- Copper pipe in 1/4" for the chilling/condensing region

- Copper pipe in 3/8" for the heating to chilling region, thus giving the vapor a slightly easier path up to the 3/8" to 1/4" reducer

- Brass pipe fittings to mate all this up, I have teflon pipe tape

- Plastic boxes used for scrapbook making, which I will fill with brine and use bulkhead 1/4" connectors for, and this will be the chilling region... I may need to put a minor coating of something on the copper pipe, like shellac, say... dunno

Still to be made are a simple stand to hold the rig in place, and a couple of cardboard boxes so I can test the thing out.

For a simple test the black pipe gets mounted on black painted wood, perhaps in an open box configuration to help concentrate the heat, the copper runs up the sides to a platform with a brine filled box, and the 1/4" pipe has some gentle bends coming out of them (and some tighter ones inside the brine containers) to serve as condensers and a simple bend pipe trap to allow liquid to serve as a barrier to any back pressure coming from the heating area so the flow goes in one direction.

I am not expecting more than a few degrees difference between the box with brine and pipe and the box that will just have a brine container without pipe.  A couple of sunny and dry days will help this out no end once it is built.  If I can get any results then I will have the known factors for materials, sizing, volume and so on to allow for scaling up of things.  I'm figuring more heating chambers in a flat box with glazed glass over it, and a top and bottom vent to allow hot air to move slowly out of the system will be a final design goal.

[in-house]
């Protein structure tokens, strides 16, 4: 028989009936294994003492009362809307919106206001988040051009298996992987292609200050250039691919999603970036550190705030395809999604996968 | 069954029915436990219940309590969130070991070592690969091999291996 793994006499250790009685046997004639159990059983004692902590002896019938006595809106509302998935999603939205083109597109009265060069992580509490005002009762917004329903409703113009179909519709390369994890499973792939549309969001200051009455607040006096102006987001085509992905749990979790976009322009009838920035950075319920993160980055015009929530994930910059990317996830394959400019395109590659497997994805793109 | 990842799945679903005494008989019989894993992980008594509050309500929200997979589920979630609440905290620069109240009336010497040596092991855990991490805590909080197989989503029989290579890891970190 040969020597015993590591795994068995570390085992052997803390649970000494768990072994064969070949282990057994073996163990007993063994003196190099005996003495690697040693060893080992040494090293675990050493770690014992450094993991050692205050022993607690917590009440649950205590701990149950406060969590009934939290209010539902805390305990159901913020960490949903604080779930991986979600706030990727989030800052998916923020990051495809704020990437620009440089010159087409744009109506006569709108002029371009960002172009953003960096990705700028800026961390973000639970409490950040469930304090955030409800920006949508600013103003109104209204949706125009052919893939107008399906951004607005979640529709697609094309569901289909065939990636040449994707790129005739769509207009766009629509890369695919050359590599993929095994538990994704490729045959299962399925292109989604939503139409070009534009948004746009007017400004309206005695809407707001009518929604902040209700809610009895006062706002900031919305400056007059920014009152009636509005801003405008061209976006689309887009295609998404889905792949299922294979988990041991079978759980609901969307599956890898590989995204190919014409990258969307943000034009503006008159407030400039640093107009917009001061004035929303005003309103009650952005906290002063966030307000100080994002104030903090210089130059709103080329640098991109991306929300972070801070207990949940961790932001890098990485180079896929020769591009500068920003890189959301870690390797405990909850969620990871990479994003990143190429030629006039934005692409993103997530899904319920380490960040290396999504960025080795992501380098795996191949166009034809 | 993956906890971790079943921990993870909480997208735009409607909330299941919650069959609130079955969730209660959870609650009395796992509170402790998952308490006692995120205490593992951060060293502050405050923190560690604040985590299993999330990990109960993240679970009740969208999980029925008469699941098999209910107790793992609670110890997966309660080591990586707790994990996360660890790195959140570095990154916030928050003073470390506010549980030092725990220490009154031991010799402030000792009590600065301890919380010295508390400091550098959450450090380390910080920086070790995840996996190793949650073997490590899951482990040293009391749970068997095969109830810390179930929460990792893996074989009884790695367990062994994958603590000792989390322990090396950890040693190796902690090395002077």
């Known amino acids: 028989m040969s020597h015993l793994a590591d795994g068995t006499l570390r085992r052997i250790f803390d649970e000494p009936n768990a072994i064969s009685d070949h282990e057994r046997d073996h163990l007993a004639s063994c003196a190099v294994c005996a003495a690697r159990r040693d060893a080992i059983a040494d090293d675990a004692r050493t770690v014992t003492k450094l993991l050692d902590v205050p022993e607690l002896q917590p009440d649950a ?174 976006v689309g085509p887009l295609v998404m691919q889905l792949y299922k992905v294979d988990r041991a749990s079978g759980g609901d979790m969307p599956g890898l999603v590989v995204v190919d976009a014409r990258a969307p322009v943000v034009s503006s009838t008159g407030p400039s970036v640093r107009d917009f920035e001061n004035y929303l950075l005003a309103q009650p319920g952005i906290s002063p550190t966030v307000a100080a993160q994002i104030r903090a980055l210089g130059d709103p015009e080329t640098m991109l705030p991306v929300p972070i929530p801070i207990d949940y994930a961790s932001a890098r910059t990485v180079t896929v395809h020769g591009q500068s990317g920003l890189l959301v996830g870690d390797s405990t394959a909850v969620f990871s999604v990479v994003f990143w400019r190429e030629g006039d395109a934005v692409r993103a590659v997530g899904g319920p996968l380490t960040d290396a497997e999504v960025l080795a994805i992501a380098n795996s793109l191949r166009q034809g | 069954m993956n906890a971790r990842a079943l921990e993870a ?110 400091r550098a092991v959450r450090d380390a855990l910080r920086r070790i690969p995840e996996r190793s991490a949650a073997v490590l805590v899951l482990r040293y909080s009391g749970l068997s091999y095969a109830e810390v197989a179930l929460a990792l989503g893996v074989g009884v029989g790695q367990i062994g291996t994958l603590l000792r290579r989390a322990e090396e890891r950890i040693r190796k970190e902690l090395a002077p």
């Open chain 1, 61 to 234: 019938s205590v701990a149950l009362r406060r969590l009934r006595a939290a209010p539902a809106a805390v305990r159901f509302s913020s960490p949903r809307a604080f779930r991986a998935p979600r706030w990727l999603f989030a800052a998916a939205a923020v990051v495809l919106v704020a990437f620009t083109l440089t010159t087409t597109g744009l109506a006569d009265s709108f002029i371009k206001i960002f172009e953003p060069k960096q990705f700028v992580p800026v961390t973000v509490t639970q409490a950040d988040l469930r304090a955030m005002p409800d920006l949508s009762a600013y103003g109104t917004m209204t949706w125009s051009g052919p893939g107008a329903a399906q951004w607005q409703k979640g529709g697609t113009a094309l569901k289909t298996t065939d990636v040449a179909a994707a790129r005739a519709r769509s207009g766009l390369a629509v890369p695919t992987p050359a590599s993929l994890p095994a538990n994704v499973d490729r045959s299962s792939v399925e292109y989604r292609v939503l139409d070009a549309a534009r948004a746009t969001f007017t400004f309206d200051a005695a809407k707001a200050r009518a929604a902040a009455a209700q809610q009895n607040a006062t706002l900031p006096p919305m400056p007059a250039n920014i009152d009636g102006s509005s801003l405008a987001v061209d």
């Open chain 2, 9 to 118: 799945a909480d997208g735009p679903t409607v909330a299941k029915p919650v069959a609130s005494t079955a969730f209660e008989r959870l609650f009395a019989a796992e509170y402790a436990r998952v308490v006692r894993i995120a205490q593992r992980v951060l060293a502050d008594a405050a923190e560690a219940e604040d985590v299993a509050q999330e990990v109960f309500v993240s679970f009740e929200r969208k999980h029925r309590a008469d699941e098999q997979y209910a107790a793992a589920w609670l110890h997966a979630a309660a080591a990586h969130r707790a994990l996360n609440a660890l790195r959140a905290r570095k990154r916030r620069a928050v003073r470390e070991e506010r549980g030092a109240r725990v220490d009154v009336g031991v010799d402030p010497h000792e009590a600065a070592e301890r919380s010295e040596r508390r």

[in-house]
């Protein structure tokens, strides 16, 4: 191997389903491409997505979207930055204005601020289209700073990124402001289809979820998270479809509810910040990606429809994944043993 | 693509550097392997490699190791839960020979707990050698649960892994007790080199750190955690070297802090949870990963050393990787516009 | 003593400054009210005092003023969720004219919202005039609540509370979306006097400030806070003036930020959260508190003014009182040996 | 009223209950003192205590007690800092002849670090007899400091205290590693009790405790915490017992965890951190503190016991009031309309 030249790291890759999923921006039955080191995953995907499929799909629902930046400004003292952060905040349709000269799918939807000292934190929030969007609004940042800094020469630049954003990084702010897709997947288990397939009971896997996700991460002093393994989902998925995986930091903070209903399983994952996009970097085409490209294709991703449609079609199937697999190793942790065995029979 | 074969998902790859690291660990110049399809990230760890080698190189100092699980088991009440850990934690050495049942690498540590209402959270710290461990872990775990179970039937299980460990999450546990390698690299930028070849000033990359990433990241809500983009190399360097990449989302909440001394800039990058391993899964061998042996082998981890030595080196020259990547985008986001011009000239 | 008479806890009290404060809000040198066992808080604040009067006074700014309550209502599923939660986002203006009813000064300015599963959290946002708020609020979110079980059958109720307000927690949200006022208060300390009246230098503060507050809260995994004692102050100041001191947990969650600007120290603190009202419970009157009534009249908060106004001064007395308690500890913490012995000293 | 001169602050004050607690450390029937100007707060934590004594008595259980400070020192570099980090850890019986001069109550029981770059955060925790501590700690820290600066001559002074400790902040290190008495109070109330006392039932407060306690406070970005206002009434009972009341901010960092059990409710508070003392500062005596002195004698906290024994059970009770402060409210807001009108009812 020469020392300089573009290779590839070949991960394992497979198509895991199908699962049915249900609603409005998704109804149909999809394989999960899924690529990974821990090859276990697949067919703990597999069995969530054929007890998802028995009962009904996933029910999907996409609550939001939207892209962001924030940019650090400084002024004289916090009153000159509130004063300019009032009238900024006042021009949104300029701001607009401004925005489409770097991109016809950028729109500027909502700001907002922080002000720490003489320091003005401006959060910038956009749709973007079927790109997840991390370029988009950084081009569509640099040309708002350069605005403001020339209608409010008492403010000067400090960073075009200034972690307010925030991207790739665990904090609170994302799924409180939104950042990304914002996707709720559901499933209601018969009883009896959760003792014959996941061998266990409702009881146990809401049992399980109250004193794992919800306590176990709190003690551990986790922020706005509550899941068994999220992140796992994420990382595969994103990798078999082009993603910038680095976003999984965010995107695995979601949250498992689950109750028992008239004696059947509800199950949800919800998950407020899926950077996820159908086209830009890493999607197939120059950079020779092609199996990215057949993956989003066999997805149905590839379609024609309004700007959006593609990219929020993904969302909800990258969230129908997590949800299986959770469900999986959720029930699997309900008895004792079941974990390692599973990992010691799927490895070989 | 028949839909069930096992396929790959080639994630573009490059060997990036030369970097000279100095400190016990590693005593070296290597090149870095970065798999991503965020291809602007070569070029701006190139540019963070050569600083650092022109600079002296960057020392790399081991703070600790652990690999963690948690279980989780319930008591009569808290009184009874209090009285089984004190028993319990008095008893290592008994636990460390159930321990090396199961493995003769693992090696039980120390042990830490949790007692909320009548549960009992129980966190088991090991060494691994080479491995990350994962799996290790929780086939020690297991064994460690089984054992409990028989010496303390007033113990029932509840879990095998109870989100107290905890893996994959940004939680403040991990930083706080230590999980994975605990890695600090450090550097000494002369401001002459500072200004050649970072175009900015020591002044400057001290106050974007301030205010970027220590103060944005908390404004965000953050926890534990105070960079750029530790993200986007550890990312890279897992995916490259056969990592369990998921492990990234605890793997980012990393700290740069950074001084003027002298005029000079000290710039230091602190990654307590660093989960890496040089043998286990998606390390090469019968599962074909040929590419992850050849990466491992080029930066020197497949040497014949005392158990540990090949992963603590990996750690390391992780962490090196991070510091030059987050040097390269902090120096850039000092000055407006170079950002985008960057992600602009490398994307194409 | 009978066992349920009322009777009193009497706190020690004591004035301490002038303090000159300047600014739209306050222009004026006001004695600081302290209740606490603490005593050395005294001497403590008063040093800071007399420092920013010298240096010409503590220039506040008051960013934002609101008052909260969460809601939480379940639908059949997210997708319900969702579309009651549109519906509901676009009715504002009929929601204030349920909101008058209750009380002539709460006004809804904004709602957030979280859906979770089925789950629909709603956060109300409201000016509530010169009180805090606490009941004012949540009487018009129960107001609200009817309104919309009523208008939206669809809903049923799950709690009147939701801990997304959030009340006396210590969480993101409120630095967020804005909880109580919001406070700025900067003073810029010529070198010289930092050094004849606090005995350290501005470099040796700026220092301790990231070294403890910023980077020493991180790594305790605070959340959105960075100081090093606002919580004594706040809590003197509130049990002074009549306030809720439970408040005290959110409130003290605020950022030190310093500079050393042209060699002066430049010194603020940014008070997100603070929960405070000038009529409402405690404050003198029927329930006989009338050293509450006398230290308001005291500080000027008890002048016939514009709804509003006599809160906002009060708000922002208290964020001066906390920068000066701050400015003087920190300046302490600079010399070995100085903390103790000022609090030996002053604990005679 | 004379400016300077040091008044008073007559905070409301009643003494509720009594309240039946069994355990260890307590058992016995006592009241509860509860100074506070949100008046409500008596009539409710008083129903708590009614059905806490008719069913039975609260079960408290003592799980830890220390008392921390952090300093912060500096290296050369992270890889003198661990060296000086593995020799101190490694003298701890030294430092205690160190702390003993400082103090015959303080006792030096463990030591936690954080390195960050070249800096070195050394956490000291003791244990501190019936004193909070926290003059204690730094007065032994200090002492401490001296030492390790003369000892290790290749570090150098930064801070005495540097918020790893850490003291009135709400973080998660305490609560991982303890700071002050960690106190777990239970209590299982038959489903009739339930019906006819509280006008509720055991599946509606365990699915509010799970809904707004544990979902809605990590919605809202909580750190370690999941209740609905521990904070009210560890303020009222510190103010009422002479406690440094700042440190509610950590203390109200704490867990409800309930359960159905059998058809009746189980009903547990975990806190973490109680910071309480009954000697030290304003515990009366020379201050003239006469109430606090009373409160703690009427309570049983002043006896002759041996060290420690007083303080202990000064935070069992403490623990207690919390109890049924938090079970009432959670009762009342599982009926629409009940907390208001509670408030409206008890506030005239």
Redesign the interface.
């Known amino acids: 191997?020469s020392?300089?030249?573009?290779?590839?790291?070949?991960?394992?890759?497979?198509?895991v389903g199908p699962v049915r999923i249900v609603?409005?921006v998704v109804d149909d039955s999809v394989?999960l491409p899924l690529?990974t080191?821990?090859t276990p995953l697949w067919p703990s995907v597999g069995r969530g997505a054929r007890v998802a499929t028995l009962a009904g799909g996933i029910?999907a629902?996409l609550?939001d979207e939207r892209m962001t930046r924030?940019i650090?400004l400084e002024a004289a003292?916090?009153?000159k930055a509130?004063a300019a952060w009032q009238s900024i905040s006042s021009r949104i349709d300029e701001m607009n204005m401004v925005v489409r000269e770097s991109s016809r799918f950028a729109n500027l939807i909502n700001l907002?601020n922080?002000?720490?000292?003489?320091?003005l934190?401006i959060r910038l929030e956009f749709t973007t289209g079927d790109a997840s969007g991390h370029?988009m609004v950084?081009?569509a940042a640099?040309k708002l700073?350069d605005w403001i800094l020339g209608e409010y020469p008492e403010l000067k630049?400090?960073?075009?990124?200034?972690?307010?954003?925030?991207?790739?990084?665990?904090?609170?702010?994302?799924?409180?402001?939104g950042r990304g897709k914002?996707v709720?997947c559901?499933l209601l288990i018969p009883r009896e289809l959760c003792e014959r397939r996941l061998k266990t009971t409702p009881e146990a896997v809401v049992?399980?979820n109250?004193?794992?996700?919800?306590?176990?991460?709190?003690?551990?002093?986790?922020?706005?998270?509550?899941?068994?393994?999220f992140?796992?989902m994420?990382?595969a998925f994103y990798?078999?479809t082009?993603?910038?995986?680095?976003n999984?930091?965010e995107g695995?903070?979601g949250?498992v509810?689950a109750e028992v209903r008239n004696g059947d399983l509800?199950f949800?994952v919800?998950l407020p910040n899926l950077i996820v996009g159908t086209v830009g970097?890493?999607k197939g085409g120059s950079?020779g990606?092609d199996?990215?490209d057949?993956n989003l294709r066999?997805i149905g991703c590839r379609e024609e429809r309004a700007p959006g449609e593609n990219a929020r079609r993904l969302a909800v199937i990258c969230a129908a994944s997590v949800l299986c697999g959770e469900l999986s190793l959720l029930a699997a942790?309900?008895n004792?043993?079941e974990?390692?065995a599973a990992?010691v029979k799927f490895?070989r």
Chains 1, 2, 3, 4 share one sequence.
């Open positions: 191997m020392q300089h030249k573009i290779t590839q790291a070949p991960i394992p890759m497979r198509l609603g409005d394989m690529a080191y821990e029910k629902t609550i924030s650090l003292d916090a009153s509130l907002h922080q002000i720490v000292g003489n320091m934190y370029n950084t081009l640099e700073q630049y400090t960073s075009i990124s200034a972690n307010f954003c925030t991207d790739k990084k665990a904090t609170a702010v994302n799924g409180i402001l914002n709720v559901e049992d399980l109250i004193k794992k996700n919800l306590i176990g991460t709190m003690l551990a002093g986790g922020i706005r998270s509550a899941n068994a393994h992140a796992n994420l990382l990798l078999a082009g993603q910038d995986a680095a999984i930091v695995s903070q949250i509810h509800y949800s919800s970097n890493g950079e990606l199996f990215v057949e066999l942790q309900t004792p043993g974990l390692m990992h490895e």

That and an old refrigerator I can strip out and put in some better insulation to help things along.

In theory this all works, although size and scaling is unknown.

Getting to the practice part is the hard part... but even a small chilling box that keeps a constant temp for medications and other such items would be great to have.  Plus it is no maintenance once it is put together with a sturdy frame and always works so long as there is any sunshine at all.  Weatherizing it may take a bit, but that is another bridge to blow up when I come to it.

Just because I'm sick doesn't mean I'm out of it.

Operations just shift venues for awhile.